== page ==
I remember Kathy Kohm.  Well, I never met her, but I felt like I knew her.  I still do.  See, when she disappeared on April 5th, 1981, we were about the same age.  And the idea that this 11-year-old Santa Claus, Indiana girl was abducted right here in the tristate had every child and their parents on alert.  Kathy Kohm's photo was literally everywhere and it seemed the whole nation was looking for her.  Where was she?  What happened to her?  Who took her?  Today, nearly 40 years later, we still don't have all the answers.

Kathy Kohm's disappearance was alarming enough.  Kidnappings aren't supposed to happen here in the tristate.  And they certainly don't happen to kids in Santa Claus, Indiana.  Only, it did happen and on June 11th, 1981 . . . over two months after she was reported missing . . . Kathy's story took an even more grim turn.

Her body was found by hunters near a dirt road.  She had been raped and shot in the head.  For two months everyone had wondered what happened to Kathy.  And now, we all knew.  And the search for Kathy gave way to the search for answers and, even more importantly, the person responsible.

As the investigation unfolded, authorities set their sights on Evansville firefighter Stanton Gash.  According to a Spencer County farmer, he had pulled Gash's car from the mud near the road where Kathy's body was found.  And he pulled that car from the mud on the very day that Kathy disappeared.  Gash was most assuredly THE person of interest in the case.  THE suspect.

But authorities were never able to conclusively link him to the Kathy's disappearance or murder.  Gash never faced criminal charges in connection with the case.  But there was a significant amount of circumstantial evidence to warrant a civil trial.  And, in 1983, a civil jury ruled in favor of Kathy's parents and ordered Gash to pay Bill and Rosemary Kohm $5000.  But, clearly the money wasn't enough (and, now, the thought of a $5000 settlement seems absurdly insignificant).  Their daughter was gone . . . and they were still desperately seeking answers.

The Kohms moved to St. Louis after the murder.  Who could blame them for wanting to get away and leave this horrid past behind?  And Gash left the tristate too.  He moved to Florida and hoped to escape his alleged ties to the rape and murder of an 11-year-old.  But his connection to the case would eventually have authorities knocking on his door in the Sunshine State.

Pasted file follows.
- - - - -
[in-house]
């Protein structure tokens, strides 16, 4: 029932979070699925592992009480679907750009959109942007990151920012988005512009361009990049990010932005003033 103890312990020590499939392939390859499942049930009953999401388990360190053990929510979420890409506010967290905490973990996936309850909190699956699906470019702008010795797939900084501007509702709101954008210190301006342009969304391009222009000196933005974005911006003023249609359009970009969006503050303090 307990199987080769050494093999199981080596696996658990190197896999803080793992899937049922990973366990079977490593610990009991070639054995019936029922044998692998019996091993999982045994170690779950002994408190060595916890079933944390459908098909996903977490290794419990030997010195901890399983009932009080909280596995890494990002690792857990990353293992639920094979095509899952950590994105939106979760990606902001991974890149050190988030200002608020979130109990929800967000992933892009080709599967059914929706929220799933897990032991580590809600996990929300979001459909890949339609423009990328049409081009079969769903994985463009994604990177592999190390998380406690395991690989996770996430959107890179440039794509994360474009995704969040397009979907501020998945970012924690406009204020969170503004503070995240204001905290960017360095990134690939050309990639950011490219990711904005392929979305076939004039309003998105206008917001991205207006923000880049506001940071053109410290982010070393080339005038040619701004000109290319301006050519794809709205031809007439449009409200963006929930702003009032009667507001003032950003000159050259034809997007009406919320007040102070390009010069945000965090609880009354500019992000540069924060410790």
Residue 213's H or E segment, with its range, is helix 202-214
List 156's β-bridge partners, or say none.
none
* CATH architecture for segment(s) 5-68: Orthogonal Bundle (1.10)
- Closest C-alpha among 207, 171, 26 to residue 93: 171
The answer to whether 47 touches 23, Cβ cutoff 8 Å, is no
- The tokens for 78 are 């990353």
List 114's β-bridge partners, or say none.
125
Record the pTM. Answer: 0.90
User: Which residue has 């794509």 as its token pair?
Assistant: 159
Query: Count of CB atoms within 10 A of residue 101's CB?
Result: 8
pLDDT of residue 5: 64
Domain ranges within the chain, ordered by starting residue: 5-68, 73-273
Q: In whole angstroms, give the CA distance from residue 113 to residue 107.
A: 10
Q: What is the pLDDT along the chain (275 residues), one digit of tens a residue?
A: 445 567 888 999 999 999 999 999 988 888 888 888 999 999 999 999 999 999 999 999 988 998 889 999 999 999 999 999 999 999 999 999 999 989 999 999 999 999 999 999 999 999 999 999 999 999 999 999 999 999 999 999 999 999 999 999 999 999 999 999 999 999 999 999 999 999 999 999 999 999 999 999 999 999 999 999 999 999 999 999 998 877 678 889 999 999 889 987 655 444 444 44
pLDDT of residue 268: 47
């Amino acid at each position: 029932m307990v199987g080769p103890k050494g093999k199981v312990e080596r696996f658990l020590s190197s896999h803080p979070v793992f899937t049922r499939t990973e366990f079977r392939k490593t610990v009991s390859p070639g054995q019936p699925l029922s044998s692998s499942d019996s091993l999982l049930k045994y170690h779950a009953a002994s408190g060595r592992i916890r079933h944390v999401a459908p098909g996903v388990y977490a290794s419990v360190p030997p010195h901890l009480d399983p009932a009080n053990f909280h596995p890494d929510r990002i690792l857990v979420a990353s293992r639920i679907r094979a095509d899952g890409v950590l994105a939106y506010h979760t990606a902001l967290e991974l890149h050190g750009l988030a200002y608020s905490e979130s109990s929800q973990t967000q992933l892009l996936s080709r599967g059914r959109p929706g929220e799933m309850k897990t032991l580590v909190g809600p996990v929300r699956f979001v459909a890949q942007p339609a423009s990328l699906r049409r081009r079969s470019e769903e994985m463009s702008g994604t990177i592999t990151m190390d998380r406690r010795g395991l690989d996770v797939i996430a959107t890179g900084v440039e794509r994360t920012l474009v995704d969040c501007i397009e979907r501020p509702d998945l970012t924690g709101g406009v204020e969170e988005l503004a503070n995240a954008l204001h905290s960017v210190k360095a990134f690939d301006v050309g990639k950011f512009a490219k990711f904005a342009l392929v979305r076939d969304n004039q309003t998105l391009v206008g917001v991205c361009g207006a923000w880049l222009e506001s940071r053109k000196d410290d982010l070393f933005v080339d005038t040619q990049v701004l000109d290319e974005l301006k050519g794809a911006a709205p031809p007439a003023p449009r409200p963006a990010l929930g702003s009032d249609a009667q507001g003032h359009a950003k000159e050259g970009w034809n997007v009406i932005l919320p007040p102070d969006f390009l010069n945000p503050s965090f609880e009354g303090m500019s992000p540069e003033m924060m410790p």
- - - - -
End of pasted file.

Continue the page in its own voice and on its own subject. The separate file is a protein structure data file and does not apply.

When advancements in DNA technology became fine-tuned and were made available to the Indiana State Police, authorities decided it could be used to finally, hopefully, crack the Kohm case.  So, detectives and forensic analysts visited Gash in Florida to collect DNA samples to see if they could tie him to the Kohm crime scene.  Less than a week later, Gash committed suicide in what appeared to be the ultimate admission of guilt.

However, the DNA evidence proved to be inconclusive.  Despite technology and science that could finally link suspect to victim, the process failed to do so and Gash was never conclusively tied to Kathy's death.

And here we are . . . over 35 years later . . . and Kathy Kohm's murder is a mystery relatively still unsolved.  To this day, locals in and near Santa Claus, Indiana have their own theories.  Some recall rolling up their sleeves to look for Kathy when she disappeared.  Some searched for days, combing acre after acre on horseback.  Some insist there were overlooked leads in the case.  See, everyone in the tristate expected answers that never came.  Kathy's parents never got the definitive answers they were seeking either.  They have since moved back to the area and, according to locals, have placed a special marker at the exact location where Kathy's body was discovered.  The impact of Kathy's story remains.

I was asked by a friend in southern Indiana, "Why a story now?"  And, honestly, I don't know.  Maybe it's because I think about Kathy every once in a while.  Like I said, in 1981, I felt like I knew her.  And I still do.  She's the girl who taught me (when I was just  9-years-old) that really bad things can and do happen to kids.  She's the girl who made me think twice about walking anywhere alone and, for months (years) I didn't.  She's the girl I thought of immediately the night that a friend of mine and I were riding my motorcycle . . . and a car came up behind us . . . and slowly trailed us . . . spotlighting us the entire length of the road.  In that instance, we were terrified.  And in that moment of terror, to some hauntingly psychological degree, we were Kathy.   I think for those of us who were Kathy's age when she disappeared, we are all still her.  And we carry her memory and legacy with us.